The weather is getting nice. You’ve got your bike. You spent all your free cash on it and got swiped into Shafer Court for three months straight. Don’t you think you should lock your prized possession properly? Here are five things NOT to do with your bicycle. Check out the images below and learn from your Richmond peers:
#1: Locking to the ‘bars
So maybe it wasn’t the best idea for your parents to buy you a beach cruiser for college. Yeah, you thought it would be cool and life would be great, but pedaling is a major pain, and forget about hills. You probably hate riding what you refer to as, “that clunker” around town, and could use the $5 you’d get from scrapping it to buy two PBR tall boys. But you know what? Your parents paid hard earned cash for that beauty queen and you need to show it the proper love. Locking up the handlebars is not the way to show ownership. Sure, it appears safe because the bars are super wide, and you probably can’t push the fender through the rack, but just it’s plain silly. Why take the risk? Notice the FOUR other bikes locked by the front wheel? Yikes. This locking method can be defeated by simply unhooking the handlebars, or if that’s not possible, then by using a Park Y-Wrench to free the stem, free the bars, and reassemble in enough time to ride off into the sunset.
#2: Locking around the steerer tube
Good concept, poor execution. That tiny u-lock fits in the back pocket of your Levi’s 510 so nicely, and it’s so hip it just leaves no room to lock up any of your wheels right? So you might as well lock… the steerer tube? No. Instead, lock around your head tube (it’s the vertical tube shown just below the grey part of this Kryptonite lock). A simple switch from locking above the top tube to locking below it (but above the down tube) would solve this. No one can slide your frame back and forth along the pole, and it’s actually locked to the frame. This locking method can be defeated with a simple Park Y-Wrench.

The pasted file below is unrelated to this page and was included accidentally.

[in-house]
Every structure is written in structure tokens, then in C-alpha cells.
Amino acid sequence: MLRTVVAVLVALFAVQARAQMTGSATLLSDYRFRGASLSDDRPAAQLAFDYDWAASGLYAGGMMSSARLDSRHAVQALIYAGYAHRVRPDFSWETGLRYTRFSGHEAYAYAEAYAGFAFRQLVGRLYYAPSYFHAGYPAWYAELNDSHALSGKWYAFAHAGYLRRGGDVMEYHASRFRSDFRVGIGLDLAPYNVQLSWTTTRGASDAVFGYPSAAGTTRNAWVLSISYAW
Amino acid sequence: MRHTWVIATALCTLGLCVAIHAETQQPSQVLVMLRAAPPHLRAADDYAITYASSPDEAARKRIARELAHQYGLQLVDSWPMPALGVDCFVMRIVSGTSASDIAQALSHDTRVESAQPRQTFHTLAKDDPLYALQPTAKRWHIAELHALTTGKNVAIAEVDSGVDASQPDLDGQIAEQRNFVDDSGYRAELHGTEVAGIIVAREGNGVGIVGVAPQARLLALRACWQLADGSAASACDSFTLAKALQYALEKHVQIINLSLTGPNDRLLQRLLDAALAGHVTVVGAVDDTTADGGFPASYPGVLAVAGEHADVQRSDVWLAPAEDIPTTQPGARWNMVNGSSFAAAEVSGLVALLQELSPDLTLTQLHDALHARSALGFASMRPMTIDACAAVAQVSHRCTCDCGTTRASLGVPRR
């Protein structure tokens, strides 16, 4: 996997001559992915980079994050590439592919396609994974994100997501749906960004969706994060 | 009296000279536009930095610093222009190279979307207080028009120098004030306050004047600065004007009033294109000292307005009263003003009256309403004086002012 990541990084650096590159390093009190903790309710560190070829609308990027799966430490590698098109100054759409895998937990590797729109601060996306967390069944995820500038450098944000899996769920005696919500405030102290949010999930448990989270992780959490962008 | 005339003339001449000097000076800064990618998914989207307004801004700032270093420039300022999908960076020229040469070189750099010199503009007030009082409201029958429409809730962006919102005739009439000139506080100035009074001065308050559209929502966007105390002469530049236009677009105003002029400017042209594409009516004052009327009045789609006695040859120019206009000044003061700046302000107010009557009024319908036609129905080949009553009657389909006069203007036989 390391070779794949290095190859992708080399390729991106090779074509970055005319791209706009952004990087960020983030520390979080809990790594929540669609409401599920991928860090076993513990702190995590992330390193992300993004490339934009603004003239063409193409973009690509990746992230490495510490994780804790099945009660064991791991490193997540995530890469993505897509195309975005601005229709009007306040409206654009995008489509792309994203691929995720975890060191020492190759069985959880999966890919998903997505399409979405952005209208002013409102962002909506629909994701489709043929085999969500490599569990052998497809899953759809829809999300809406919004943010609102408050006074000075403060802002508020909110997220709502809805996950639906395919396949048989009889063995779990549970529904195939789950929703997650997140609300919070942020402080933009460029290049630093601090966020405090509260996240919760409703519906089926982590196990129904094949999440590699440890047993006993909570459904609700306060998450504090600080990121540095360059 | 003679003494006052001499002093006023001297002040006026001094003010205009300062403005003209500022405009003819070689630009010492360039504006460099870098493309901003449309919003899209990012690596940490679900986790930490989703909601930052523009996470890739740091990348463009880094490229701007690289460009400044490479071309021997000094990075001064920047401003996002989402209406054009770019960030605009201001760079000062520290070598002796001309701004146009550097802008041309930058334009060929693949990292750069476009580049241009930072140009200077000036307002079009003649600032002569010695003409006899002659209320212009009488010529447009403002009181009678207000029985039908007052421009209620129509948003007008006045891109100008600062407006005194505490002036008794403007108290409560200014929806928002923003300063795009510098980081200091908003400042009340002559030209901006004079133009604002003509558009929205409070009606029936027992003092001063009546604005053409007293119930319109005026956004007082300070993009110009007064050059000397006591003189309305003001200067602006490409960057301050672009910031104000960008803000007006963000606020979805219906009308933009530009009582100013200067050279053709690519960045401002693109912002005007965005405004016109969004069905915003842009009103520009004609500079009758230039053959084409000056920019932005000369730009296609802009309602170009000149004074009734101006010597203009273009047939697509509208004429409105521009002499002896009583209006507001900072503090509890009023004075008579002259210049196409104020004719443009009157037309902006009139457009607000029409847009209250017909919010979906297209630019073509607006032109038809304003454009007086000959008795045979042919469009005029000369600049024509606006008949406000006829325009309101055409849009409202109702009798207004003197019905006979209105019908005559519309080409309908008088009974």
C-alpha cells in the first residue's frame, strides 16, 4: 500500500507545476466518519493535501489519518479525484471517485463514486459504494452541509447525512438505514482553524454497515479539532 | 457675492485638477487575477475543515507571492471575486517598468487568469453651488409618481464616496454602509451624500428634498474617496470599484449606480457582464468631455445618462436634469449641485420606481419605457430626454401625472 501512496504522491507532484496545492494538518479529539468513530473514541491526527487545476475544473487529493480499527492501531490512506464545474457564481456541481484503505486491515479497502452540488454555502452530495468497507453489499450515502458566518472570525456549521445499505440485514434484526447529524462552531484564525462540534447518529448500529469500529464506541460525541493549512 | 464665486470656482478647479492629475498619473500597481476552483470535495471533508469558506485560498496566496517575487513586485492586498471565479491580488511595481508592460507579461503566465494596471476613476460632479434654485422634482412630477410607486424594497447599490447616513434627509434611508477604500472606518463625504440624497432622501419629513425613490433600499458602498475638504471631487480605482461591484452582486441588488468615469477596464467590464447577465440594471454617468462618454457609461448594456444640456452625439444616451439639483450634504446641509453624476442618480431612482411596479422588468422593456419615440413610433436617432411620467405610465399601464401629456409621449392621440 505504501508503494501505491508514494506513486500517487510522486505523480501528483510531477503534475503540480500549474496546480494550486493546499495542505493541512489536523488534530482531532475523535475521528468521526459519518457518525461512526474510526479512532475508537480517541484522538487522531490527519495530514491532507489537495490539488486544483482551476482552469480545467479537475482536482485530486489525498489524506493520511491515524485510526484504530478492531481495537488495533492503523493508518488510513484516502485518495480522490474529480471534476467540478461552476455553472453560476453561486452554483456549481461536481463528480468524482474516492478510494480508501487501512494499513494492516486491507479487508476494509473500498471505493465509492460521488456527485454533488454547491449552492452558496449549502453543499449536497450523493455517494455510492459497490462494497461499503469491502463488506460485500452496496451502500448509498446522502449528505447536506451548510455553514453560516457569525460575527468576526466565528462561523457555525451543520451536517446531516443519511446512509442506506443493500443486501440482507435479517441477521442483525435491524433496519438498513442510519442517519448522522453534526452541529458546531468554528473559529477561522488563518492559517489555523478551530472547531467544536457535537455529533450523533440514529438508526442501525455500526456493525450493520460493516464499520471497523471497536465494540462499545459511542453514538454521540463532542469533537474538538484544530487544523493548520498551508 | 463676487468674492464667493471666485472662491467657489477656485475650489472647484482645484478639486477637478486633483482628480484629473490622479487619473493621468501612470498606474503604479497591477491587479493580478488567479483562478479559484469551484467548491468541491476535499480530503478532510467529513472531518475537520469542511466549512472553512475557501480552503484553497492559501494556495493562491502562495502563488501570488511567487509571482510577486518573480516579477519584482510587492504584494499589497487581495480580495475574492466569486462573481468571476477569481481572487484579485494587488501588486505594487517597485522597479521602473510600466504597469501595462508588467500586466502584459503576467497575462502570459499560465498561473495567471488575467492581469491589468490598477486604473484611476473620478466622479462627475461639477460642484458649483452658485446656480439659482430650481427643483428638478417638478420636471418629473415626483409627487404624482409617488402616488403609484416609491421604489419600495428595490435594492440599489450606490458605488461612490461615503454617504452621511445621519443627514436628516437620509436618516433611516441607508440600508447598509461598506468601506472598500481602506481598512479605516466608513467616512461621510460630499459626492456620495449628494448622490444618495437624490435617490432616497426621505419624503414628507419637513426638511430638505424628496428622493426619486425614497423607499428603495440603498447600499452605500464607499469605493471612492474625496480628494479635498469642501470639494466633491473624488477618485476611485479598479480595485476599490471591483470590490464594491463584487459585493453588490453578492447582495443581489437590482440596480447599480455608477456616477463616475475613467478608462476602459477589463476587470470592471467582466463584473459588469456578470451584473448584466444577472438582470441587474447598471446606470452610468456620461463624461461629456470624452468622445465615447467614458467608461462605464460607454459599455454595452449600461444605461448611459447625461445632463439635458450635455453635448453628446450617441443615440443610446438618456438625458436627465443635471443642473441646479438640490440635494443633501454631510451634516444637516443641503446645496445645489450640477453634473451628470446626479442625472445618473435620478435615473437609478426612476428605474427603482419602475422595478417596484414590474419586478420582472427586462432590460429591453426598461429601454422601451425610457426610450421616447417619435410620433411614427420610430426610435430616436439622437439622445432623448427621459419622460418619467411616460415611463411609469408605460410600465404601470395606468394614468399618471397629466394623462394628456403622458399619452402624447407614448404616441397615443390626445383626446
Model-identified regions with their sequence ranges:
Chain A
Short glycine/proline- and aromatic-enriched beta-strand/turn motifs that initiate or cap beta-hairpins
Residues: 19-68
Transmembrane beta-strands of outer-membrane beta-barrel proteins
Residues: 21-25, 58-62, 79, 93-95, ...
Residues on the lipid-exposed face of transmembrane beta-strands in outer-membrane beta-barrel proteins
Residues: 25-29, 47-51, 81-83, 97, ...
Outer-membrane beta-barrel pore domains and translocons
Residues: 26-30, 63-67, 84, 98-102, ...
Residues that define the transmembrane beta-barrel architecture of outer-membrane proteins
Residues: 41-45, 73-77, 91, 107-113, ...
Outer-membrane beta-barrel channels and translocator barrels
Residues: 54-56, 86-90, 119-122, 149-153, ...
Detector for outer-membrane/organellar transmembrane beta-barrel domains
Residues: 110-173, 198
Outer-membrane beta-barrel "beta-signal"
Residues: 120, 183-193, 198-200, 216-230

#3: Cabling to a parking meter
Parking meter + Cable lock = Bad News Bears. The front wheel is cabled, making the theft more difficult. This is essentially “freelocking” your bicycle. The worst part is the u-lock not even being used! U-lock to something permanent, then cable your wheels if your lock is too small to fit them. Always check parking meters before you lock to them – one time a meter was loose and lifted clean off the pole. This locking method can be defeated by simply lifting the cable lock over the parking meter.
#4: Locking to the fork
At first glance, this looks great. Cute bike. Unfortunately it reminds me of Easter, which also reminds me of how much I personally hate peeps and all things related to Easter. Anyways, we got some fork we got some wheel. What we don’t have is frame. And see that pesky quick release skewer? One flip and about 5 seconds of effort… someone has a new bike with the exception of a front wheel, which is one $20 bill away on Craig’s List. This locking method can be defeated by simply releasing the front wheel’s quick release.
#5: Not locking the lockring
So this one isn’t technically a locking method, but it’s still a dumb move. Anyone notice what’s going on here? The cog is fixed with a method known as rotafixing. This hub was not double-stepped for a cog and lockring, rather it was built to only accommodate a freewheel. Cogs can screw on to freewheel threads, but not with a lockring. This is beyond dangerous and frankly, just plain stupid. The cog is affixed with a large amount of tension and usually some locktite. This and a fixie with no brakes is a deathwish.
What did we learn class? THINK about how you would steal a bike, immerse yourself in the mind of a thief. Protect your bicycle accordingly. Empowerment through education.
Don’t forget to check out the YouTube vid, “How to Properly Lock Your Bicycle“